Better writing through comedy buzzword
Let’s remove the excess details, drop the generic opening, turn the focus from the seller’s features to the buyer’s benefits and craft a clear message.

How’s this?
Sign up with Tim’s Mowing for all your professional landscaping and garden services  at discounted prices.

There’s no fancy language only a professional copywriter could come up with. There’s no brilliant eloquence to rival Shakespeare, Dickens or Austen. However, the sentence is succinct, unambiguous and focuses on how the listener/reader benefits.

We’ve ditched the words “can”, “commitment” and “when”. Those are all words that just fluff up and obscure what the client wants to hear. No one cares what you can do; they want to know what you will do.

The second example lays it all out effectively; you have landscaping requirements, they will provide a solution and this is how to engage with that service.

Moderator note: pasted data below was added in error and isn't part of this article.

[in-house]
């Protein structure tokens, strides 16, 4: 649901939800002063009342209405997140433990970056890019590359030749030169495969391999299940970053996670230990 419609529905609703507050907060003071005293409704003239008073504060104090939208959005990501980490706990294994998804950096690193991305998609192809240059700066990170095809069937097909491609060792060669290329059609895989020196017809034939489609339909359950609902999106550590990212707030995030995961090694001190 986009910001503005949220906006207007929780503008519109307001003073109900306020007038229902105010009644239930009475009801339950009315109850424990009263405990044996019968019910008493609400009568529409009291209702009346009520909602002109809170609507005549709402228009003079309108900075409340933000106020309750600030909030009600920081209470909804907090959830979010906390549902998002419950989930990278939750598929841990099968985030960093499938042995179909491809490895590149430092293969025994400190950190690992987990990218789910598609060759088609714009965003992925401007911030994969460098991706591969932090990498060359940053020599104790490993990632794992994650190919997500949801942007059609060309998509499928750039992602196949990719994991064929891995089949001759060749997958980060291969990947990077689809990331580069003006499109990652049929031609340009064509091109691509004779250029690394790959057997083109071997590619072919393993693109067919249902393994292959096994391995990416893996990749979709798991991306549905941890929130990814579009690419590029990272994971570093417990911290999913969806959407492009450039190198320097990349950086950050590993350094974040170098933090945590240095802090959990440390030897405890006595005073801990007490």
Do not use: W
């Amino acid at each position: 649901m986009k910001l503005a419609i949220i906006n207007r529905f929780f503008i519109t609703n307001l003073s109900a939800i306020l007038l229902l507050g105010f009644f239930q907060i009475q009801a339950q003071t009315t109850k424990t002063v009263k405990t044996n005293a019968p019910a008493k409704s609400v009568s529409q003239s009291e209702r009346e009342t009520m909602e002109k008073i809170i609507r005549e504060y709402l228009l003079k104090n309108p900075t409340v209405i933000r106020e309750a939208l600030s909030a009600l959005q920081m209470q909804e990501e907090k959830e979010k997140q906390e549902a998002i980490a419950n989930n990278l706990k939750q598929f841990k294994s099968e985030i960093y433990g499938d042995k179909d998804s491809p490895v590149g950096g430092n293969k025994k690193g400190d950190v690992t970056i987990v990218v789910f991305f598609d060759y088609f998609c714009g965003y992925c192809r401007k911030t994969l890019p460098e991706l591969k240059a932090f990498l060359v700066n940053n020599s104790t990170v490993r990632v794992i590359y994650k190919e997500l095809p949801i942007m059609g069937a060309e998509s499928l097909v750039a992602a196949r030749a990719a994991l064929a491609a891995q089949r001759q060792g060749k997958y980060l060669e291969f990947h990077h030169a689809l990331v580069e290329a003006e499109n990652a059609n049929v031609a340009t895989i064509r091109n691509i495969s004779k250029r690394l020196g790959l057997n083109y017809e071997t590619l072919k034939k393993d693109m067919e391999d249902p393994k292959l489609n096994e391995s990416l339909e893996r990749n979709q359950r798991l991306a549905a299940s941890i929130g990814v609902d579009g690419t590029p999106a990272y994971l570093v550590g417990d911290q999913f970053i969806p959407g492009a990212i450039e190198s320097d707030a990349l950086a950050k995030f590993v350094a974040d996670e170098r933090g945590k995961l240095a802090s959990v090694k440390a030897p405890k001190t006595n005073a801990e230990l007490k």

Eat your words, writing and choice of language
The specific language you use (or don’t use) will affect the way in which a caller might receive and absorb the information. In fact, at Messages On Hold we have a list of phrases we avoid at all costs.

Your messages need to orient the caller so they immediately understand what they stand to gain by engaging with your services. When it comes to improving your writing, it’s all about the specific language you use. Keep it simple, keep it focused and keep it targeted.

Tomorrow, we will write better.

From Behind The Camera

Have you ever wondered what it takes to create a fantastic-looking and effective internet video like the ones on our homepage? We write, film and produce the entire thing ourselves – and you can too! A lot of businesses, ourselves included, are turning to new media such as internet videos to build brand equity and drive sales. We’re almost finished producing our latest video and this article looks at the process we’ve gone through to bring it to fruition.